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Microsoft is showing around a prototype product, called the Ring Cam, designed to make Web conferences more like face-to-face meetings. Combined with Web-conferencing software that Microsoft acquired this year, remote-meeting participants would be able to view and hear a live, 360-degree image of participants in another location.
Few details are known about when products might result from the prototype. A Ring Cam--actually multiple FireWire cameras--would stitch together images from its surroundings. Software would isolate the audio and image of whichever participant is speaking, says Amit Mital, general manager of Microsoft's real-time collaboration unit. That technology likely would be incorporated in Microsoft's Office Live Meeting 2003 service, which is based on products it acquired with the recent purchase of PlaceWare Inc.
Microsoft's challenge is to integrate the real-time technologies it's developing--instant messaging, presence awareness, team workspaces, and now Web conferencing--over the next several years, Mital says.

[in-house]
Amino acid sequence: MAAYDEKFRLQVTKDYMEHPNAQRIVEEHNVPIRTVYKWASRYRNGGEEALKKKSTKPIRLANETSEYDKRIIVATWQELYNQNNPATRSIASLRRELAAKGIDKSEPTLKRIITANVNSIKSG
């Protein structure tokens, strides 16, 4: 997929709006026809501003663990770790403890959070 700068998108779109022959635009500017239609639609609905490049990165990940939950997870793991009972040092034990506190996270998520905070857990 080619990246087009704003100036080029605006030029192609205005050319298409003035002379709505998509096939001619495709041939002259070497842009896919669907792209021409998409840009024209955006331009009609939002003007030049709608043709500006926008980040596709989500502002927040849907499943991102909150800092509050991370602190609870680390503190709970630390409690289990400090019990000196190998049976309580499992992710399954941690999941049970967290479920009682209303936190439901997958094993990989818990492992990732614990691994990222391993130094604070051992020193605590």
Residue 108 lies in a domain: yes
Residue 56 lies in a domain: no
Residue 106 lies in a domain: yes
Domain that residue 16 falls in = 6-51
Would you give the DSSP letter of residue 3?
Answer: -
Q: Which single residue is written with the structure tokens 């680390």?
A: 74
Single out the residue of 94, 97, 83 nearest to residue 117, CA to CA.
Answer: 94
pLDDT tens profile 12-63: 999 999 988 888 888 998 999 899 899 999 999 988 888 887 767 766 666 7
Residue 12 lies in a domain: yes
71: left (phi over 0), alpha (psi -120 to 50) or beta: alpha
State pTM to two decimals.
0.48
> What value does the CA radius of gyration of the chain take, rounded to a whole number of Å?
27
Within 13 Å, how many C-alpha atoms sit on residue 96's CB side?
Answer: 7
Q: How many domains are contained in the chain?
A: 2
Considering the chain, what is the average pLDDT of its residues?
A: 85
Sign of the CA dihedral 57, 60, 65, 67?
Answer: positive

Some IT execs and managers who gathered at Microsoft's Mountain View, Calif., campus to see the first public demonstration of the concept were at least curious about the trial balloon.
Harvey Peters, an application specialist with Safeway Inc., said he wanted more details on Microsoft's collaboration plans. The grocery retailer is preparing to use Web conferencing and instant messaging to communicate with its stores, suppliers, and customers.
Mital is more definite about plans for Live Meeting. It will be a component of efforts, including phone-and-PC integration, one-click calling commands, and point-and-click conference calling. The software also is expected to let callers schedule conferences, create team work spaces, and automate the process of creating searchable notes.
An early version of Live Meeting is being used among Microsoft employees, he says, and that use is doubling about every two weeks.